In many locations around the country, during times of plague, hollowed stone boulders, stone basins, or sometimes the reused base of crosses with hollow depressions carved into them, were set up on boundaries where different communities, such as town and country dwellers, could trade for food and other goods, without fear of contagion. The shallow depressions were filled with vinegar, and city residents would place money in the hollows, to safely pay outsiders for goods, hopefully stopping the spread of the deadly disease.

The Burton Stone, York
The Burton Stone, York

The best known plague stone in York is The Burton Stone. The stone itself has several hollows and is believed to be the base of one of the boundary crosses that marked the jurisdiction of the City. This one used to stand outside the Chapel of Mary Magdalene, where travellers had previously paid for prayers and protection before travelling out of the City and through the dangerous Forest of Galtres, with its wolves and thieves.

The Burton Stone Pub
Burton Stone Lane, York

The Burton Stone was named after the local Burton family, and the lane named after the stone. It resides at the side of the Burton Stone Pub at the junction of Burton Stone Lane with the A19 into York, and now has its own plaque. It was originally one of four stones, one at each entrance to the City of York. Two others at Fulford and Heworth have long ago disappeared.

York has suffered many plagues in its history, the Black Death in 1349 possibly killing half of its occupants, a chronicler from St Mary's Abbey recording that 'there were hardly enough living to care for the sick and bury the dead.' Plague and pestilence continued to periodically visit York and, in 1604, there was a particularly bad outbreak when 3,500 of the estimated population of 10,000, died. 

Paul Fürst engraving of a plague doctor of Marseilles 1721
Paul Fürst engraving of a plague doctor of Marseilles 1721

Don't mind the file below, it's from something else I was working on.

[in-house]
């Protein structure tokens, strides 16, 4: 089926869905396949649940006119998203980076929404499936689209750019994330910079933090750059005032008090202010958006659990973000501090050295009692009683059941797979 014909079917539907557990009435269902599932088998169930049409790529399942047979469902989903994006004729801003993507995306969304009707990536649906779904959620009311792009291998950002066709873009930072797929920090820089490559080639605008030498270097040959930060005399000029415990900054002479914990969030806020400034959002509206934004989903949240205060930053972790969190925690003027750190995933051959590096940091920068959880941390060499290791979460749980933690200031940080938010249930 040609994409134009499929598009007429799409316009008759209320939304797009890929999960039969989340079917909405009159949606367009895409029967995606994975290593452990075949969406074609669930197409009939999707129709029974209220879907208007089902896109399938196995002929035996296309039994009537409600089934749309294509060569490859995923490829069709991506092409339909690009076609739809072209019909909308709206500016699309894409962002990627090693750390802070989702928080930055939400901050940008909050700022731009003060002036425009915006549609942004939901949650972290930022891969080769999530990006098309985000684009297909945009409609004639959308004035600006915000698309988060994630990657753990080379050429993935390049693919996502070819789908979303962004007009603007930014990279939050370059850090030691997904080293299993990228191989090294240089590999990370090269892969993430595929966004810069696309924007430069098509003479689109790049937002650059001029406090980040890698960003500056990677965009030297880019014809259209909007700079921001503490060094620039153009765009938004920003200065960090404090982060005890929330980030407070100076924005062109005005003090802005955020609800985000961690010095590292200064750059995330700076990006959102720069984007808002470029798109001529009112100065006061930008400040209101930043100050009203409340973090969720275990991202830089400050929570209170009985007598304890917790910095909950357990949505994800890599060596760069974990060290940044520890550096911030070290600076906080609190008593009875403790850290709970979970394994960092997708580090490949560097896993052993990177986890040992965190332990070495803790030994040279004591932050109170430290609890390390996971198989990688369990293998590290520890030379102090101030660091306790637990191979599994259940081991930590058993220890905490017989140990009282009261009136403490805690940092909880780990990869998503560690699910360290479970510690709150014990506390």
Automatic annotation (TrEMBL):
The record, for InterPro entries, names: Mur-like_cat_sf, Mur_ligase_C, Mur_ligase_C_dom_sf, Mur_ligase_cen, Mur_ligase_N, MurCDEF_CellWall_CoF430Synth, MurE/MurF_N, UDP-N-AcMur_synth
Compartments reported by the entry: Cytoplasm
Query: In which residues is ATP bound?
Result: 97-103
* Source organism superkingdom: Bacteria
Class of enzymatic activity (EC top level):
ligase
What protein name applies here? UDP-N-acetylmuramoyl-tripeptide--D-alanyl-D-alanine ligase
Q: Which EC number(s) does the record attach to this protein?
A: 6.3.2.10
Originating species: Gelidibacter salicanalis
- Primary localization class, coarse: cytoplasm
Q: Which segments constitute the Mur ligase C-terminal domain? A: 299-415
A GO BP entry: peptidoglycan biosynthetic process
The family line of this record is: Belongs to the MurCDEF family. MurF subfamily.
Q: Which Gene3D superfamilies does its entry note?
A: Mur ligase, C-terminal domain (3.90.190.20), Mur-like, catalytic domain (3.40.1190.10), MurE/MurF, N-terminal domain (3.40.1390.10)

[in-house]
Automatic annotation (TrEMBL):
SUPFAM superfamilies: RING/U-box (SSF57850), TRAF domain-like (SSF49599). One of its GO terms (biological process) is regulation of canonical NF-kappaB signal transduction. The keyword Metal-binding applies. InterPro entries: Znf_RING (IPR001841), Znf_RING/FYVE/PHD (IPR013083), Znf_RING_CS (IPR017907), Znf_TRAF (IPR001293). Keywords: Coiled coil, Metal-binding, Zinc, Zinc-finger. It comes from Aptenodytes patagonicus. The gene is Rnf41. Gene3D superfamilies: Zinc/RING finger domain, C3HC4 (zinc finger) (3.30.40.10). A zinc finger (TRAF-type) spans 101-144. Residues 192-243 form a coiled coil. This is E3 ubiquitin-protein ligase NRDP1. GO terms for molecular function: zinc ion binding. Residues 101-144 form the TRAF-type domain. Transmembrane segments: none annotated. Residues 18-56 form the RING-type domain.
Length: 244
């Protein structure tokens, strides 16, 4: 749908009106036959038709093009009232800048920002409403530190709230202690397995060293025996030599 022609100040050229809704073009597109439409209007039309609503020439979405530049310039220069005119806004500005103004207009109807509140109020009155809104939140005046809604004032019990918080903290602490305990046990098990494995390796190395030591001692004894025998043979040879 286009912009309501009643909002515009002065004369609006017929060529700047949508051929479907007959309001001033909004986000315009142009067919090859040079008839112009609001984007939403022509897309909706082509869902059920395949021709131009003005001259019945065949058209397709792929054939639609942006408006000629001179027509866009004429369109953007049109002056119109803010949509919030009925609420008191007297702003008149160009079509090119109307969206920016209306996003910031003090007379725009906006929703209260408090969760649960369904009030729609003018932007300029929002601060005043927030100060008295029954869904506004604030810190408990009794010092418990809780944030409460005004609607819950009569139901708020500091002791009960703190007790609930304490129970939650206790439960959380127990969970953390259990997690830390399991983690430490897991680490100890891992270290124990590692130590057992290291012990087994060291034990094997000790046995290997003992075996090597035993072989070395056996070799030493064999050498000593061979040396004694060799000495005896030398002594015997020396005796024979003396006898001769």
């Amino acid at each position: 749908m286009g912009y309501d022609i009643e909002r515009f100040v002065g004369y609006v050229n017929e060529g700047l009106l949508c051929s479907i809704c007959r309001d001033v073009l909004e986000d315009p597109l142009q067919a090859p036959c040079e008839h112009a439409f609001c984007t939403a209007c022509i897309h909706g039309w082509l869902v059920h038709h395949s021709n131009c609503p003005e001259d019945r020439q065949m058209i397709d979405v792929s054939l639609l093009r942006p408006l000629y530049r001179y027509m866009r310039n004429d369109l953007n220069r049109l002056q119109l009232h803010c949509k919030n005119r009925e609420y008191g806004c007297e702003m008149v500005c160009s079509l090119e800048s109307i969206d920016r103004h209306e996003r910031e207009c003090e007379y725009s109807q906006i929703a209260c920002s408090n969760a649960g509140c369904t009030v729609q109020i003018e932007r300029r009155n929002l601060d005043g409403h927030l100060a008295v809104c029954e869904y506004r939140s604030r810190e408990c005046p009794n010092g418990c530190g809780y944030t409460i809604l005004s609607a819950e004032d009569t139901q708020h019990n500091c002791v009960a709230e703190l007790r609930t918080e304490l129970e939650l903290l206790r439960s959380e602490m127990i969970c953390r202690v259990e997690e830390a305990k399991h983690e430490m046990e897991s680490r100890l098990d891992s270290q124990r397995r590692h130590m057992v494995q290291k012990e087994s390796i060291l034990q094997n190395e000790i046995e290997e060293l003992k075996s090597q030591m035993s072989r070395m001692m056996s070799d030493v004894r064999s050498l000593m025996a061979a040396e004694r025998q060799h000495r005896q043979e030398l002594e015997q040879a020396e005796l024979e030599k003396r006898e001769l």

The plague stones, sometimes called vinegar stones, played an important part in sustaining the population through these dark times.

Hob Moor plague stone, York
Hob Moor plague stone, York

On Hob Moor, between Acomb, Holgate and Dringhouses, one of the still-existing ancient commons of York, there is another plague stone. The poor who were known to have contracted the disease were isolated from the rest of the population here, and housed in temporary wooden huts on the moor. The Hob Moor plague stone played the same role in allowing these people to still trade for food and other goods. There were also similar temporary camps located near to St Lawrence's Church on Hull Road and at the Horsefair on Gillygate, where the coach park is now.

The Hob Stone, Little Hob Moor, York
The Hob Stone, Little Hob Moor, York

Next to the Hob Moor plague stone stands the Hob Stone, beside the path on Little Hob Moor. The Hob Stone is actually a badly eroded effigy of a Knight of the de Ros family, thought to have been sculted in 1315. It is still possible to make out the shape and pattern of the shield, but little else. 

Hob Stone and Plague Stone plaque, Little Hob Moor, York

In front of the two stones of Hob Moor is a plaque, giving details, and saying that the Hob Stone was placed there in 1717. It also bears the inscription that can no longer be read on the stone: "This image long Hob's name has bore 'Who was a Knight in time of yore and gave this Common to ye Poor."

Hob Moor has a really interesting history and is well worth visiting, as is The Burton Stone, if you're ever in the area.

Thanks for reading!

Anne

Justbod Team



Artwork, carvings and sculptures by bod
~ inspired by history and nature ~

www.justbod.co.uk

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Sources and further information: 

Headline Image: 'Danse macabre' by Michael Wolgemut 1493
Friends of Hob Moor: The History of Hob Moor
Visit York: Graveyard, Coffin and Plague Tour  (PDF file)




 

Thursday, 1 January 2015

Some of our Favourite Quotes

Mayburgh Henge, Cumbria
"The two most important days in your life are the day you are born,
and the day you find out why."
- Mark Twain.

Quotes can be very powerful, encapsulating the essence of a feeling, helping to motivate, uplift, inspire, reassure or move us. 
Here's a compilation of Some of our Favourite Quotes. These are quotes we particularly love, chosen from all those that we have posted throughout these last few years, along with the photographs that we took and were posted to illustrate them. 

We hope you enjoy, and are inspired by them, as much as we are...


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A Different Person Then

Sunset Low Etherley Co Durham